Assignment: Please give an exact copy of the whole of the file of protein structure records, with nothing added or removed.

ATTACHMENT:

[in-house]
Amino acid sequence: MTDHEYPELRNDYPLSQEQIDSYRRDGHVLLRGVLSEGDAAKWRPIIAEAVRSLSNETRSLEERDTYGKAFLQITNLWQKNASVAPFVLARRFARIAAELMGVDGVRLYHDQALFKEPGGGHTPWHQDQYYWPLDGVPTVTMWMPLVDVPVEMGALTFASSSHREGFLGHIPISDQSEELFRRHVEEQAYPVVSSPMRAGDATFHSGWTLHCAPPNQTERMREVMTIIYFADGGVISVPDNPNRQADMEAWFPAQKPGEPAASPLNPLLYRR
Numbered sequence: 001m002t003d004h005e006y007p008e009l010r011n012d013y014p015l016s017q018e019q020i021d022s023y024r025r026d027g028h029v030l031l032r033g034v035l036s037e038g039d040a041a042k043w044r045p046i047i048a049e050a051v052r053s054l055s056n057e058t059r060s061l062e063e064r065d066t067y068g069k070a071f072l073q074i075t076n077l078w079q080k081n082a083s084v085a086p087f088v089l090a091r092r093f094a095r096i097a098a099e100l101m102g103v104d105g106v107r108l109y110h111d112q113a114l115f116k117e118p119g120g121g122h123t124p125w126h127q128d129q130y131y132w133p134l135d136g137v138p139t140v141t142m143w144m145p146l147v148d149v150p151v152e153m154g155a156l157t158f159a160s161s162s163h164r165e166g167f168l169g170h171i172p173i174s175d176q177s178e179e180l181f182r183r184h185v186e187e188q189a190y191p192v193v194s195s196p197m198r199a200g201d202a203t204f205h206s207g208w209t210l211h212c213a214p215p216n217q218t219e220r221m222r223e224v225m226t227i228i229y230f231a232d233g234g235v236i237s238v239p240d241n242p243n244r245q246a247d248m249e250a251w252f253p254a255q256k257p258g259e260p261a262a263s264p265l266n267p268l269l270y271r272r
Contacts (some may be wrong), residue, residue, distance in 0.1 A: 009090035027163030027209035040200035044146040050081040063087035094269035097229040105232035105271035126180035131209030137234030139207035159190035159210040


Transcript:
[in-house]
Amino acid sequence: MTDHEYPELRNDYPLSQEQIDSYRRDGHVLLRGVLSEGDAAKWRPIIAEAVRSLSNETRSLEERDTYGKAFLQITNLWQKNASVAPFVLARRFARIAAELMGVDGVRLYHDQALFKEPGGGHTPWHQDQYYWPLDGVPTVTMWMPLVDVPVEMGALTFASSSHREGFLGHIPISDQSEELFRRHVEEQAYPVVSSPMRAGDATFHSGWTLHCAPPNQTERMREVMTIIYFADGGVISVPDNPNRQADMEAWFPAQKPGEPAASPLNPLLYRR
Numbered sequence: 001m002t003d004h005e006y007p008e009l010r011n012d013y014p015l016s017q018e019q020i021d022s023y024r025r026d027g028h029v030l031l032r033g034v035l036s037e038g039d040a041a042k043w044r045p046i047i048a049e050a051v052r053s054l055s056n057e058t059r060s061l062e063e064r065d066t067y068g069k070a071f072l073q074i075t076n077l078w079q080k081n082a083s084v085a086p087f088v089l090a091r092r093f094a095r096i097a098a099e100l101m102g103v104d105g106v107r108l109y110h111d112q113a114l115f116k117e118p119g120g121g122h123t124p125w126h127q128d129q130y131y132w133p134l135d136g137v138p139t140v141t142m143w144m145p146l147v148d149v150p151v152e153m154g155a156l157t158f159a160s161s162s163h164r165e166g167f168l169g170h171i172p173i174s175d176q177s178e179e180l181f182r183r184h185v186e187e188q189a190y191p192v193v194s195s196p197m198r199a200g201d202a203t204f205h206s207g208w209t210l211h212c213a214p215p216n217q218t219e220r221m222r223e224v225m226t227i228i229y230f231a232d233g234g235v236i237s238v239p240d241n242p243n244r245q246a247d248m249e250a251w252f253p254a255q256k257p258g259e260p261a262a263s264p265l266n267p268l269l270y271r272r
Contacts (some may be wrong), residue, residue, distance in 0.1 A: 009090035027163030027209035040200035044146040050081040063087035094269035097229040105232035105271035126180035131209030137234030139207035159190035159210040